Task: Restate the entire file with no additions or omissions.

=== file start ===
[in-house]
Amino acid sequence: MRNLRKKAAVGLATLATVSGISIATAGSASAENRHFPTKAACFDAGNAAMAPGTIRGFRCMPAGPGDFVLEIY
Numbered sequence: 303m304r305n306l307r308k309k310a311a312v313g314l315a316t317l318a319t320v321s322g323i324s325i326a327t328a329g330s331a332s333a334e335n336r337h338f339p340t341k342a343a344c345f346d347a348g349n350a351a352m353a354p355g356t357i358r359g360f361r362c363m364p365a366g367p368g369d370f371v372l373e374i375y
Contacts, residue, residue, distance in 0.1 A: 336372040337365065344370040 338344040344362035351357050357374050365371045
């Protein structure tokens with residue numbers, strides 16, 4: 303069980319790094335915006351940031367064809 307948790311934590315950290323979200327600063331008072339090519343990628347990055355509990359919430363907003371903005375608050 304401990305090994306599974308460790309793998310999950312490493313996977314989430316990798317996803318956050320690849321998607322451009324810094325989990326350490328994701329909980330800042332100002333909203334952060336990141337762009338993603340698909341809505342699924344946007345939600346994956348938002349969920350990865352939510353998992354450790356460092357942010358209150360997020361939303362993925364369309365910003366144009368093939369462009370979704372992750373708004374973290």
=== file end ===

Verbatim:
[in-house]
Amino acid sequence: MRNLRKKAAVGLATLATVSGISIATAGSASAENRHFPTKAACFDAGNAAMAPGTIRGFRCMPAGPGDFVLEIY
Numbered sequence: 303m304r305n306l307r308k309k310a311a312v313g314l315a316t317l318a319t320v321s322g323i324s325i326a327t328a329g330s331a332s333a334e335n336r337h338f339p340t341k342a343a344c345f346d347a348g349n350a351a352m353a354p355g356t357i358r359g360f361r362c363m364p365a366g367p368g369d370f371v372l373e374i375y
Contacts, residue, residue, distance in 0.1 A: 336372040337365065344370040 338344040344362035351357050357374050365371045
């Protein structure tokens with residue numbers, strides 16, 4: 303069980319790094335915006351940031367064809 307948790311934590315950290323979200327600063331008072339090519343990628347990055355509990359919430363907003371903005375608050 304401990305090994306599974308460790309793998310999950312490493313996977314989430316990798317996803318956050320690849321998607322451009324810094325989990326350490328994701329909980330800042332100002333909203334952060336990141337762009338993603340698909341809505342699924344946007345939600346994956348938002349969920350990865352939510353998992354450790356460092357942010358209150360997020361939303362993925364369309365910003366144009368093939369462009370979704372992750373708004374973290």